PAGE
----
Mental Health Awareness Week 2020 ideas: Why kindness is the theme this year, and how to get involved

What is Mental Health Awareness Week?

Mental Health Awareness week is an annual week-long event organised by the Mental Health Foundation, which aims to support communities, families and individuals in driving change towards a mentally healthy society for all.

The event was first held in 2001, and aims to raise awareness of particular issues by focusing on a different theme each year.This year's Mental Health Awareness Week lasts from Monday 18 May to Sunday 24 May.

Why is kindness the theme of Mental Health Awareness Week 2020?

The focus of the Mental Health Awareness Week 2020 was changed by the Mental Health Foundation to kindness in response to the coronavirus pandemic on 9 April, with the organisation saying it would return to its original theme at a later time.

Mark Rowland, Chief Executive of the Mental Health Foundation,wrote on the event's website: "We have chosen kindness because of its singular ability to unlock our shared humanity. Kindness strengthens relationships, develops community and deepens solidarity. It is a cornerstone of our individual and collective mental health. Wisdom from every culture across history recognises that kindness is something that all human beings need to experience and practise to be fully alive."

Mr Rowland, who described this year's event as potentially "the most important week we've hosted", concluded: "No act of kindness is ever wasted. Please join us this Mental Health Awareness Week and make kindness matter."

Here are some ideas about getting involved:    

  • Volunteer for a local community organisation  

  • Offer your expertise and support as a mentor for those who are struggling  
  • Check in safely with a neighbour who is isolated or shielding  

  • See if there’s anything you can do to support your children’s school or nursery – offer to read stories by video for example  

  • Involve your friends and neighbours in community projects   

  • You could start up an online book club or film club  

  • Offer to skill-share with a friend via video call - you could teach guitar, dance or a new recipe.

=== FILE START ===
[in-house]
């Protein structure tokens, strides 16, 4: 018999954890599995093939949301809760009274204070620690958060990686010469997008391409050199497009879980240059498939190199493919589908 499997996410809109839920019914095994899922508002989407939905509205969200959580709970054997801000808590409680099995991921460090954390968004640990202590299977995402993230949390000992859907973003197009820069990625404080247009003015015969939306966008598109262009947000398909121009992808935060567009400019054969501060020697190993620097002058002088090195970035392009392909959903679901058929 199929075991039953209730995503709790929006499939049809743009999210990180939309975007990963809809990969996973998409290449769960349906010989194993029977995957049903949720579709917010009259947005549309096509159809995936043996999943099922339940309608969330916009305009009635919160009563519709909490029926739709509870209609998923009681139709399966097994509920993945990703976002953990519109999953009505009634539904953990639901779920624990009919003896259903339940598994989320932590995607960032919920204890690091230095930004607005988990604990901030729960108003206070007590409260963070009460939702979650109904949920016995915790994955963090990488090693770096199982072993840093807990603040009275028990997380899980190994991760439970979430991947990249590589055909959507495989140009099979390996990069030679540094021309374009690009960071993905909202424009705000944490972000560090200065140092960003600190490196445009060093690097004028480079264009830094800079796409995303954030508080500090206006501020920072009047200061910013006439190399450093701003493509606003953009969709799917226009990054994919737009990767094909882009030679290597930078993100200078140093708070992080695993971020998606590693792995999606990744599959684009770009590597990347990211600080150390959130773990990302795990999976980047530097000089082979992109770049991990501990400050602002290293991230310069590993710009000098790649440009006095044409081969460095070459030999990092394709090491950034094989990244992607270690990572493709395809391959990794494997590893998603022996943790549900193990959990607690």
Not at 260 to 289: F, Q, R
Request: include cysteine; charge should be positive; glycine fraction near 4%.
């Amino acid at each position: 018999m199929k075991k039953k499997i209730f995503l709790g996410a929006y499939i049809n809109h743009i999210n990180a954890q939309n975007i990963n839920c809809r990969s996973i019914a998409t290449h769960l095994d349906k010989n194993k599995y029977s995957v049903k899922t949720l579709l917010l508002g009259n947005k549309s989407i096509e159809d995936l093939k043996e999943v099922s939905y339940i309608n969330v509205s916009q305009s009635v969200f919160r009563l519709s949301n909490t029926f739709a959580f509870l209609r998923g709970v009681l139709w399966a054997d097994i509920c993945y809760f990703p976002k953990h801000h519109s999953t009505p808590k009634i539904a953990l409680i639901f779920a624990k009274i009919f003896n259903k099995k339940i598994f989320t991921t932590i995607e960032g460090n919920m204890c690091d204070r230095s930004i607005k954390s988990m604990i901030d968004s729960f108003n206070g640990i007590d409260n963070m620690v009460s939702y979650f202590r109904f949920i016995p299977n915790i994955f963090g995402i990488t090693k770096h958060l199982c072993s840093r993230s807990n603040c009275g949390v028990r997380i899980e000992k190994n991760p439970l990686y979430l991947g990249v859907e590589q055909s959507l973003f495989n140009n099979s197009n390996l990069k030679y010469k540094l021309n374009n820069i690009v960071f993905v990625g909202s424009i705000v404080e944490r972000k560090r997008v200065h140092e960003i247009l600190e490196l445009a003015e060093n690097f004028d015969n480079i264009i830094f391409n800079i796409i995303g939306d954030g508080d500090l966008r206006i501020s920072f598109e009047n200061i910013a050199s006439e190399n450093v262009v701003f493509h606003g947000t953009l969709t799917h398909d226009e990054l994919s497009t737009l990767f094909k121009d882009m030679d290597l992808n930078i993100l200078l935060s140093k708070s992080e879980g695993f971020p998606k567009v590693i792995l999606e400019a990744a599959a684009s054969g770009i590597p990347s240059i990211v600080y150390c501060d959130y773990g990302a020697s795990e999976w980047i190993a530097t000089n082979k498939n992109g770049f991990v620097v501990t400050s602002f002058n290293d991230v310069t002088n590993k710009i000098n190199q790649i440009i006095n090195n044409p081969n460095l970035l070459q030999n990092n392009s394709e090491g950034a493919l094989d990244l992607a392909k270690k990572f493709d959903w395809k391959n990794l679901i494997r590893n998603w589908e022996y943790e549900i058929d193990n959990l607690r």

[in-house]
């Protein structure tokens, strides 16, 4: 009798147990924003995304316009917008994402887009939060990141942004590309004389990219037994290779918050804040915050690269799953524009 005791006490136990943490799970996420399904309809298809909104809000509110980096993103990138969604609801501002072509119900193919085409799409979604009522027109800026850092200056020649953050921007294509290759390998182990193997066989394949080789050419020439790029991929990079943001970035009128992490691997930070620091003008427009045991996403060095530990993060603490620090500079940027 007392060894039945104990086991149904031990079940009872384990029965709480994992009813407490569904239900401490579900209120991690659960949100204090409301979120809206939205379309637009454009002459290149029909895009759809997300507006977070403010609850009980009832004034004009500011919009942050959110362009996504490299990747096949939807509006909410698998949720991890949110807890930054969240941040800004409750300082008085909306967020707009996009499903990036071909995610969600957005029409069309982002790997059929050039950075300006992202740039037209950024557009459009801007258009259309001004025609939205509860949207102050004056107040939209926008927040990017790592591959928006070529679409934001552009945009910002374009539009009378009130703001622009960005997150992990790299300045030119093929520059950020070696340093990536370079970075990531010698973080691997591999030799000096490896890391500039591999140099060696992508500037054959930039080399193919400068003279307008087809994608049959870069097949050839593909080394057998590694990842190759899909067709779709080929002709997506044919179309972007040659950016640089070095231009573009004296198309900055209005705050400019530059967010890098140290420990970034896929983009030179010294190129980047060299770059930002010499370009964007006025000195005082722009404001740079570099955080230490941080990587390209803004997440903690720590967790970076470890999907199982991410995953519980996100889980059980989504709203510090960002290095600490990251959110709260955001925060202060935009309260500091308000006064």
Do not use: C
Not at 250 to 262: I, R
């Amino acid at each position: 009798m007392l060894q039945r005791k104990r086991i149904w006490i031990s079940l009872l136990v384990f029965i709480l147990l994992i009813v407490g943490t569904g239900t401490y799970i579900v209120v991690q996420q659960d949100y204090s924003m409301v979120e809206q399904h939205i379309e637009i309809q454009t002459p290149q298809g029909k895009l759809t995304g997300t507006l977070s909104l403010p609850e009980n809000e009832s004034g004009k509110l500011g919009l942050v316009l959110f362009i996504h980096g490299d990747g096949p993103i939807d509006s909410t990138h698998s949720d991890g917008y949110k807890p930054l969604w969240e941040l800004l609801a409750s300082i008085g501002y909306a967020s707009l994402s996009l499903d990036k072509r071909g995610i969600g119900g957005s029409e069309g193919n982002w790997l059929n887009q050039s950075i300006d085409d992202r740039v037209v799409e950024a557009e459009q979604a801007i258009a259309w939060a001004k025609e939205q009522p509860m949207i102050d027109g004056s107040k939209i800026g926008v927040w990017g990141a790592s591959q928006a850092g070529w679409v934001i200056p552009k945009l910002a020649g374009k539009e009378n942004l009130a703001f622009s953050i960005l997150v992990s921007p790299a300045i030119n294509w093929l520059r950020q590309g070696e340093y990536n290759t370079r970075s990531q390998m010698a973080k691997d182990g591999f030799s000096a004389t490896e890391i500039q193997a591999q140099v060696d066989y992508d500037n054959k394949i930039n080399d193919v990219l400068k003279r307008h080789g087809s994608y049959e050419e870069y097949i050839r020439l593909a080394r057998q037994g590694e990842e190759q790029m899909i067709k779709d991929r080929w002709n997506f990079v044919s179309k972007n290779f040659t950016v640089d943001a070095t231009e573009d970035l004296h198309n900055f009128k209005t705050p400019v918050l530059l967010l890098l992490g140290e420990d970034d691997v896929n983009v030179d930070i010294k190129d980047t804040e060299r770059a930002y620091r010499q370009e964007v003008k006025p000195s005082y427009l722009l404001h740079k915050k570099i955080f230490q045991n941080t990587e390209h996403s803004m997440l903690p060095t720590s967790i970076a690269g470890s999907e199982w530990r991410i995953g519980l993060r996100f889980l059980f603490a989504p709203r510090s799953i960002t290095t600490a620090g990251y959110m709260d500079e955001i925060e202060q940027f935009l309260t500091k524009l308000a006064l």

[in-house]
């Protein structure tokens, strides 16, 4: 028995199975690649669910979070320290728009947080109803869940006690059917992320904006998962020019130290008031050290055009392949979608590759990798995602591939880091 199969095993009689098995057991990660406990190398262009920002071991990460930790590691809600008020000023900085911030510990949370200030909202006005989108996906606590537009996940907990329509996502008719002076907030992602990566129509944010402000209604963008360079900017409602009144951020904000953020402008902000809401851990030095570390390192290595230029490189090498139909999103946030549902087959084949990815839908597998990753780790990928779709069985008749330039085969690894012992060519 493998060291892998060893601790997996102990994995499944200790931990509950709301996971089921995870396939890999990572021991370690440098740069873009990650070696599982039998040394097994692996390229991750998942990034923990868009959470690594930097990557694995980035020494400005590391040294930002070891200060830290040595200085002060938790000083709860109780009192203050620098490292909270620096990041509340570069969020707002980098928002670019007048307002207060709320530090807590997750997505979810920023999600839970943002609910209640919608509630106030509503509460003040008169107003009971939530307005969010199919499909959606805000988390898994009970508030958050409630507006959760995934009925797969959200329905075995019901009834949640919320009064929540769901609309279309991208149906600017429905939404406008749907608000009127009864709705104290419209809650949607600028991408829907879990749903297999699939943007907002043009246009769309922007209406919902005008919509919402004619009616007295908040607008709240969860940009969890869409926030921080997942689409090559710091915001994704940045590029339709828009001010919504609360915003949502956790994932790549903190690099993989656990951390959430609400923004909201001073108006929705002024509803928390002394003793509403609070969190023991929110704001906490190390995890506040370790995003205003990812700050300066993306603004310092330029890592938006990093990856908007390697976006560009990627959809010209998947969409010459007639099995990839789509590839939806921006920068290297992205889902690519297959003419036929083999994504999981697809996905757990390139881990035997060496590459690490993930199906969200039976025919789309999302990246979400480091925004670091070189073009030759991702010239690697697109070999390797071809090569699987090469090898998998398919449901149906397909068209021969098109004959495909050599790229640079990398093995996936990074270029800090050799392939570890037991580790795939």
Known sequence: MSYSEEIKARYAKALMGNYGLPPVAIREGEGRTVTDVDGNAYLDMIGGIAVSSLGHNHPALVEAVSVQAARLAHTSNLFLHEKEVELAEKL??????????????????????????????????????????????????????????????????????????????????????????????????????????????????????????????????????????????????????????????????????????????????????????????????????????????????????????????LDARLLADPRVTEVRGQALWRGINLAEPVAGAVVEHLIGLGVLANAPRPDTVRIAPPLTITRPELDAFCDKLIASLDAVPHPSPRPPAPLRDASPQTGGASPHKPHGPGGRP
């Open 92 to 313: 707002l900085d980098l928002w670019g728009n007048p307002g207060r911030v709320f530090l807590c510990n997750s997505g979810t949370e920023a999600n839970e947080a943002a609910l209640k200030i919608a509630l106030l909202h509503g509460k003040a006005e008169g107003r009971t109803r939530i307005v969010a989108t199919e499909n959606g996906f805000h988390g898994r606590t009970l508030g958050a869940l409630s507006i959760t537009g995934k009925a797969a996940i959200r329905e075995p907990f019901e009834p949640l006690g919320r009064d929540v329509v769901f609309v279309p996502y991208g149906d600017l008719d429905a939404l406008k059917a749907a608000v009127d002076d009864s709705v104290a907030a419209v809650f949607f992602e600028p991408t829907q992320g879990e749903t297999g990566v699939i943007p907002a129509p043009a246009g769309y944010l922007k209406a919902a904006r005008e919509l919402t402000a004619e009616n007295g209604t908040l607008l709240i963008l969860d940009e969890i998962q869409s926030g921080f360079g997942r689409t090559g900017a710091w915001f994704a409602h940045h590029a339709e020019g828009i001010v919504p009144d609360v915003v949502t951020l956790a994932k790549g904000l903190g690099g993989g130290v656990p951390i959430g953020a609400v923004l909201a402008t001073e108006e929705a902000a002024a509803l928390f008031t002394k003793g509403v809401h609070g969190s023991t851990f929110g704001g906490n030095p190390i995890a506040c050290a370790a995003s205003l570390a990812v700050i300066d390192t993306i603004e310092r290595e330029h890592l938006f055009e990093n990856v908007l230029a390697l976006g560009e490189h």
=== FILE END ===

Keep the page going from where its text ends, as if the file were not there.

• Call a friend that you haven’t spoken to for a while  

  • Tell a family member how much you love and appreciate them  

It’s important to be kind to yourself as well;

Whatever you can manage today is good enough. Some people feel that the lockdown is giving them the time and chance to learn new skills or try new things. That may be you, and if so, enjoy and celebrate that.     

If this isn’t you, try not to beat yourself up about what you see others doing. If things are hard right now, try and find some small things to celebrate each day. Getting up and washing your hair can be just as much of an achievement as someone else posting about a 5k run on Instagram.  

Try to tune out the voice of judgement and comparison and tune in to the voice that says you are enough.  

Be kind to yourself :

  • Prioritise some “me” time, so you can relax and reflect on how you’re feeling and how your day or week has been so far  
  • Turn off from your social media channels for a day, or even a week  

  • Treat yourself to something small, such as buying or planting some flowers  

  • Do something you enjoy, like listening to a favourite song or dancing in your kitchen  

  • Spend some time in nature, which is good for our mental health   

BY Boniface Mahulo




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